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Q and A with Nicholas Triplett

by Ty Shaffer

June 9,2010

Nicholas Triplett is Co-Coordinator of the Charlotte Area Green Party (CAGP), and also serves as Vice Chair of the North Carolina Green Party. Mr. Triplett was born in Greenville, South Carolina, and grew up in Eastern North Carolina. He attended the University of North Carolina-Chapel Hill, where he earned undergraduate and graduate degrees. After teaching for six years, Mr. Triplett now is able to stay home full-time with his son. 

How did you get involved with the Green Party?

I saw a local group that had set up a table at a natural foods store, and I picked up some literature. In college, I was interested in politics, but wasn’t satisfied with the options available to me. The Greens were the first group that I agreed with wholeheartedly, about everything. So, I got involved.

It seems that ballot access still is the most pressing issue for Greens. Has this been the bulk of the state party’s activities, and what is the current status of this effort?

Up until about two years ago – aside from membership and educational issues – ballot access was the focus of the vast majority of our activities. North Carolina is one of the most difficult states for ballot access, and we’ve spent the past decade working to get signatures and trying to pass legislation. We’ve also been involved in several lawsuits – in fact, I’m a plaintiff in a lawsuit currently before the North Carolina Supreme Court that should be decided this summer. This suit likely will be the judicial terminus of our actions to get ballot access. Given the two party system, there really is little possibility of legislative change if the court decides against us. If judicial and legislative efforts do not materialize, we will continue our efforts to build from the ground up by working with Green candidates in local non-partisan races.

What are major issues Greens would like to see addressed in Charlotte?

The issues we would like to see addressed in Charlotte are the same issues that we want to see addressed nationally. One is corporate control of politics, through donations, campaign finance, and regulatory capture – where state regulatory boards are filled with like-minded individuals
beholden to corporate interests.

Of course, there are environmental and ecological issues that we would like to see addressed. We’ve been involved in opposing the Rutherford County coal plant [the Cliffside Coal Plant]. This is a great example of how money from corporate interests plays a role, and how packing regulatory boards with individuals friendly to corporate interests completely steamrolls a process intended to solicit citizen input. There is a requirement to hold public hearings, but they’re scheduled for 5:00 p.m. on weekdays in locales that are difficult to get to – usually in small towns where people need the jobs, and have been told that they’re going to benefit from the plant. It just doesn’t create a very friendly environment for the public to be involved.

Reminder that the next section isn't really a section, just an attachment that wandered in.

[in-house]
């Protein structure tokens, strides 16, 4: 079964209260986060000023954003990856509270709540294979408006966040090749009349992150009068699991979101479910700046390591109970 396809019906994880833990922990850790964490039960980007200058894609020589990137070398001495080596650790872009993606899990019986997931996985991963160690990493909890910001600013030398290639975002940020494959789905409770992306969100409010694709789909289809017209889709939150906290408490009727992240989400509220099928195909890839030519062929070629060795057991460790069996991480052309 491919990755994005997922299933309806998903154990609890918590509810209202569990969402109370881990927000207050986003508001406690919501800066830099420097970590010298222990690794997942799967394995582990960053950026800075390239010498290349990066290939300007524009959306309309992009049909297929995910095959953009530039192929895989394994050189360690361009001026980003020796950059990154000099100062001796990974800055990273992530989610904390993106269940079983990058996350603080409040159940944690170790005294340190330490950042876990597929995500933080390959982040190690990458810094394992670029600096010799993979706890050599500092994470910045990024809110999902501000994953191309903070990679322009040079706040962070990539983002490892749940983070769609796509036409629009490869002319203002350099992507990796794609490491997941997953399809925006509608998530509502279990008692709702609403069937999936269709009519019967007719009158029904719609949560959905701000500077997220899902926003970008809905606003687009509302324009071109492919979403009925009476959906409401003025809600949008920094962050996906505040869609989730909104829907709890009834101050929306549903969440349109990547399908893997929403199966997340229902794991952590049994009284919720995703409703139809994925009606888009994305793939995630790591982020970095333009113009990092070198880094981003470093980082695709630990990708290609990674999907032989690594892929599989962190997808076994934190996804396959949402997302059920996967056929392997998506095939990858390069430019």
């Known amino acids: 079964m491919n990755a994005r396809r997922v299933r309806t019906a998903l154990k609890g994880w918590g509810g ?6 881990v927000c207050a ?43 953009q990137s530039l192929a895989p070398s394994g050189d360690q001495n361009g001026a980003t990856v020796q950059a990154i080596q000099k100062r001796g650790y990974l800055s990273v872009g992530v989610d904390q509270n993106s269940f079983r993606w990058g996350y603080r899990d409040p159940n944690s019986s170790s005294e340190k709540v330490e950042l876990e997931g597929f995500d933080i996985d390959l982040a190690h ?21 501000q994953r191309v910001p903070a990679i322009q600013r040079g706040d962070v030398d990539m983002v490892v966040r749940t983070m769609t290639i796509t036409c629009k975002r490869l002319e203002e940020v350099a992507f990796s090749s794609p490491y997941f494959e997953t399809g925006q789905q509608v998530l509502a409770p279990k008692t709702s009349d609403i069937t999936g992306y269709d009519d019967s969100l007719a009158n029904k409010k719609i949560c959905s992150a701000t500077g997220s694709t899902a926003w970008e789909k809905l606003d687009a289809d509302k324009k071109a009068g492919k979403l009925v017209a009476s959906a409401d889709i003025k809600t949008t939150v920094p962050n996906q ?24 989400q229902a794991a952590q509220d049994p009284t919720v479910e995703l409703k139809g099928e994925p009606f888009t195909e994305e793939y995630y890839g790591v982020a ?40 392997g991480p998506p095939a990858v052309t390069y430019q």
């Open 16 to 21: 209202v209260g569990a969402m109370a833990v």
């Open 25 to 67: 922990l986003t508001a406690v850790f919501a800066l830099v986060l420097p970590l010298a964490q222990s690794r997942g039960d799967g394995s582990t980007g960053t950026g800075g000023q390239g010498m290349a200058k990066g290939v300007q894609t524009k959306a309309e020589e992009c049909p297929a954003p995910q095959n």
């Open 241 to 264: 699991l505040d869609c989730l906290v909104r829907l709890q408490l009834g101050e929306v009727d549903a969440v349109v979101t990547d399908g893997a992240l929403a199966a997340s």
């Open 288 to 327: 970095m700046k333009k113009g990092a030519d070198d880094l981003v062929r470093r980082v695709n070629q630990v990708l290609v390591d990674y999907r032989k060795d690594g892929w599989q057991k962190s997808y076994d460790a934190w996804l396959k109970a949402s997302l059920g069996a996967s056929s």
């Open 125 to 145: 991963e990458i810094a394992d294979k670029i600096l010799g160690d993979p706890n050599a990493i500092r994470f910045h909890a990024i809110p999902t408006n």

Do you think the candidacy and election of Barack Obama co-opted some of the more progressive elements in American political life that might otherwise find a home with the Greens?

Yes, certainly. During the 2008 election cycle, a lot of progressive energy was siphoned off from Greens and others. But Barack Obama has done very little to satisfy progressives. People now are realizing that what was attractive about Obama, their hopes that [Obama’s election] was an escape from politics as usual, hasn’t panned out. For example, the idea that Obama was not “buyable” by corporations—Greens warned that this wasn’t the case. And if you’re going to take corporate dollars and then try to make policy, it’s not surprising that [those corporate interests] will have some say in the outcome.

Take a look at healthcare. The Greens want single-payer, universal healthcare. Now we have a bill that really benefits the insurance industry, and it’s probably at least a decade before we can muster energy around real healthcare reform. So it’s upsetting to see someone like Obama masquerade as a progressive, and extract all energy from progressive reform.

It seems that one major (perhaps the major) obstacle facing the Green Party USA is the absence of a visible national candidate – something the party hasn’t had since Ralph Nader.

David Cobb was a good candidate in 2004 . . . but he was no Ralph Nader. The Green Party really isn’t set up for celebrity leaders because it’s a grassroots party, and because of this we put serious demands on our candidates. You can’t accept any corporate dollars, which is something that counts out a lot of people who have been involved in politics all of their life.

In the wake of Citizens United [v. Federal Election Commission], you must be . . . well, maybe despondent is the word?

The Green Party is heavily involved in Move to Amend – if the Court is going to tell us that is what the Constitution says, then maybe we need to change the Constitution.

But, you know, the likelihood or unlikelihood of success has never been a deterrent for me, personally. I want to support people and groups I believe in, even if political success never materializes. If that’s what it takes to ensure we do not compromise our principles and do things the “right” way, then I’m willing to keep working even if I don’t see the changes.

I can’t see eating all of the bad just to see a little bit of good in my lifetime. And now that I have a young son, who is almost four years old, I really see the importance of doing this work.

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